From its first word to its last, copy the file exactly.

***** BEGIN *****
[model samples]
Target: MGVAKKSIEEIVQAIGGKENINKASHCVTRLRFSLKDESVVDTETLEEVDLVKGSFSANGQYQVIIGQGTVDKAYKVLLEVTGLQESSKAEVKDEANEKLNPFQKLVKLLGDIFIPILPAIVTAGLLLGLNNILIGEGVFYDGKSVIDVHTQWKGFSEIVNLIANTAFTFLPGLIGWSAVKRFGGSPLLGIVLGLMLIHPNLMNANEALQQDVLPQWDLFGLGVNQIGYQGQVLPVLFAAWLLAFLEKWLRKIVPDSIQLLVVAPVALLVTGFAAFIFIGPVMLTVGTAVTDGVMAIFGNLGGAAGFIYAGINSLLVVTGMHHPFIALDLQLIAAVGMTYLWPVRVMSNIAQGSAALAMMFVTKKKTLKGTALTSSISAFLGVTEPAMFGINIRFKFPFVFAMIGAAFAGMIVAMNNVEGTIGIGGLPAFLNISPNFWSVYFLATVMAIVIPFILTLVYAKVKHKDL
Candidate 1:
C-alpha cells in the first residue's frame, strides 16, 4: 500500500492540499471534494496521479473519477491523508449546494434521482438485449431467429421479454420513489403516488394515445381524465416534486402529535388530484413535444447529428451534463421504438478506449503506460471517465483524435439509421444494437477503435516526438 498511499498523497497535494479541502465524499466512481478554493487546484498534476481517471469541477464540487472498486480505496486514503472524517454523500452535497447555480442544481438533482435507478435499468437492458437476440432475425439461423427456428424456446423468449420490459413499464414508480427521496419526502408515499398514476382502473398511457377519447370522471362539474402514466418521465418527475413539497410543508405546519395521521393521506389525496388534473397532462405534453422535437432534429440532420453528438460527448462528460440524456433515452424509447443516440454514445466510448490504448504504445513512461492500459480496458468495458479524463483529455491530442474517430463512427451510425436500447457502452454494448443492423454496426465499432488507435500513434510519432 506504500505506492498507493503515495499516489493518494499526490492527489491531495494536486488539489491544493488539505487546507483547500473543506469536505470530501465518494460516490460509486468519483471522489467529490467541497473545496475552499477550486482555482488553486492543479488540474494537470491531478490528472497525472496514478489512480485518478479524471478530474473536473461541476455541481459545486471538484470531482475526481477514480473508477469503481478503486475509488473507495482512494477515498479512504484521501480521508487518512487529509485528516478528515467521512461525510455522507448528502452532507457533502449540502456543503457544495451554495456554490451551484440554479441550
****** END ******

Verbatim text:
[model samples]
Target: MGVAKKSIEEIVQAIGGKENINKASHCVTRLRFSLKDESVVDTETLEEVDLVKGSFSANGQYQVIIGQGTVDKAYKVLLEVTGLQESSKAEVKDEANEKLNPFQKLVKLLGDIFIPILPAIVTAGLLLGLNNILIGEGVFYDGKSVIDVHTQWKGFSEIVNLIANTAFTFLPGLIGWSAVKRFGGSPLLGIVLGLMLIHPNLMNANEALQQDVLPQWDLFGLGVNQIGYQGQVLPVLFAAWLLAFLEKWLRKIVPDSIQLLVVAPVALLVTGFAAFIFIGPVMLTVGTAVTDGVMAIFGNLGGAAGFIYAGINSLLVVTGMHHPFIALDLQLIAAVGMTYLWPVRVMSNIAQGSAALAMMFVTKKKTLKGTALTSSISAFLGVTEPAMFGINIRFKFPFVFAMIGAAFAGMIVAMNNVEGTIGIGGLPAFLNISPNFWSVYFLATVMAIVIPFILTLVYAKVKHKDL
Candidate 1:
C-alpha cells in the first residue's frame, strides 16, 4: 500500500492540499471534494496521479473519477491523508449546494434521482438485449431467429421479454420513489403516488394515445381524465416534486402529535388530484413535444447529428451534463421504438478506449503506460471517465483524435439509421444494437477503435516526438 498511499498523497497535494479541502465524499466512481478554493487546484498534476481517471469541477464540487472498486480505496486514503472524517454523500452535497447555480442544481438533482435507478435499468437492458437476440432475425439461423427456428424456446423468449420490459413499464414508480427521496419526502408515499398514476382502473398511457377519447370522471362539474402514466418521465418527475413539497410543508405546519395521521393521506389525496388534473397532462405534453422535437432534429440532420453528438460527448462528460440524456433515452424509447443516440454514445466510448490504448504504445513512461492500459480496458468495458479524463483529455491530442474517430463512427451510425436500447457502452454494448443492423454496426465499432488507435500513434510519432 506504500505506492498507493503515495499516489493518494499526490492527489491531495494536486488539489491544493488539505487546507483547500473543506469536505470530501465518494460516490460509486468519483471522489467529490467541497473545496475552499477550486482555482488553486492543479488540474494537470491531478490528472497525472496514478489512480485518478479524471478530474473536473461541476455541481459545486471538484470531482475526481477514480473508477469503481478503486475509488473507495482512494477515498479512504484521501480521508487518512487529509485528516478528515467521512461525510455522507448528502452532507457533502449540502456543503457544495451554495456554490451551484440554479441550